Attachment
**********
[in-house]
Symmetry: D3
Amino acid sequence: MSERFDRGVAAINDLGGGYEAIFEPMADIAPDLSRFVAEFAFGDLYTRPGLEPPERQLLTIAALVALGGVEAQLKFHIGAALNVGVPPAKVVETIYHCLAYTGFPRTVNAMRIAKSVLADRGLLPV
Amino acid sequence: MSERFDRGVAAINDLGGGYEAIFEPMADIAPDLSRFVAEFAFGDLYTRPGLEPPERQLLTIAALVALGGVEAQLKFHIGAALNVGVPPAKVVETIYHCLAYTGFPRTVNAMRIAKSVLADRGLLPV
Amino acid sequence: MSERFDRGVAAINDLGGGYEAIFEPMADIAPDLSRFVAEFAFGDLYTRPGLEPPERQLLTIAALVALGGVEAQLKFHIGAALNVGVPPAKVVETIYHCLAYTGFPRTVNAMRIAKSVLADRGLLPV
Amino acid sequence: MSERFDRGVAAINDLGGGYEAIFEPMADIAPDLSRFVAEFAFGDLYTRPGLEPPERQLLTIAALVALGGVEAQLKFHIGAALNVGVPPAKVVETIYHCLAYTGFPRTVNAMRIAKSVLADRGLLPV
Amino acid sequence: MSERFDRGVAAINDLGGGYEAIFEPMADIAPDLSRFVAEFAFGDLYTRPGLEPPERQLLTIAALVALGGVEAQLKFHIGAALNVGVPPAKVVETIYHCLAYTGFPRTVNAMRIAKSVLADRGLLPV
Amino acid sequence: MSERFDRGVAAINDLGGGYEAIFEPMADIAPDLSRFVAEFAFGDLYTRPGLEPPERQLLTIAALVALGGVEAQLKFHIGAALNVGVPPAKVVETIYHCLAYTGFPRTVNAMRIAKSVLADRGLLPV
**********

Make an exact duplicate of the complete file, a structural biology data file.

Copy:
[in-house]
Symmetry: D3
Amino acid sequence: MSERFDRGVAAINDLGGGYEAIFEPMADIAPDLSRFVAEFAFGDLYTRPGLEPPERQLLTIAALVALGGVEAQLKFHIGAALNVGVPPAKVVETIYHCLAYTGFPRTVNAMRIAKSVLADRGLLPV
Amino acid sequence: MSERFDRGVAAINDLGGGYEAIFEPMADIAPDLSRFVAEFAFGDLYTRPGLEPPERQLLTIAALVALGGVEAQLKFHIGAALNVGVPPAKVVETIYHCLAYTGFPRTVNAMRIAKSVLADRGLLPV
Amino acid sequence: MSERFDRGVAAINDLGGGYEAIFEPMADIAPDLSRFVAEFAFGDLYTRPGLEPPERQLLTIAALVALGGVEAQLKFHIGAALNVGVPPAKVVETIYHCLAYTGFPRTVNAMRIAKSVLADRGLLPV
Amino acid sequence: MSERFDRGVAAINDLGGGYEAIFEPMADIAPDLSRFVAEFAFGDLYTRPGLEPPERQLLTIAALVALGGVEAQLKFHIGAALNVGVPPAKVVETIYHCLAYTGFPRTVNAMRIAKSVLADRGLLPV
Amino acid sequence: MSERFDRGVAAINDLGGGYEAIFEPMADIAPDLSRFVAEFAFGDLYTRPGLEPPERQLLTIAALVALGGVEAQLKFHIGAALNVGVPPAKVVETIYHCLAYTGFPRTVNAMRIAKSVLADRGLLPV
Amino acid sequence: MSERFDRGVAAINDLGGGYEAIFEPMADIAPDLSRFVAEFAFGDLYTRPGLEPPERQLLTIAALVALGGVEAQLKFHIGAALNVGVPPAKVVETIYHCLAYTGFPRTVNAMRIAKSVLADRGLLPV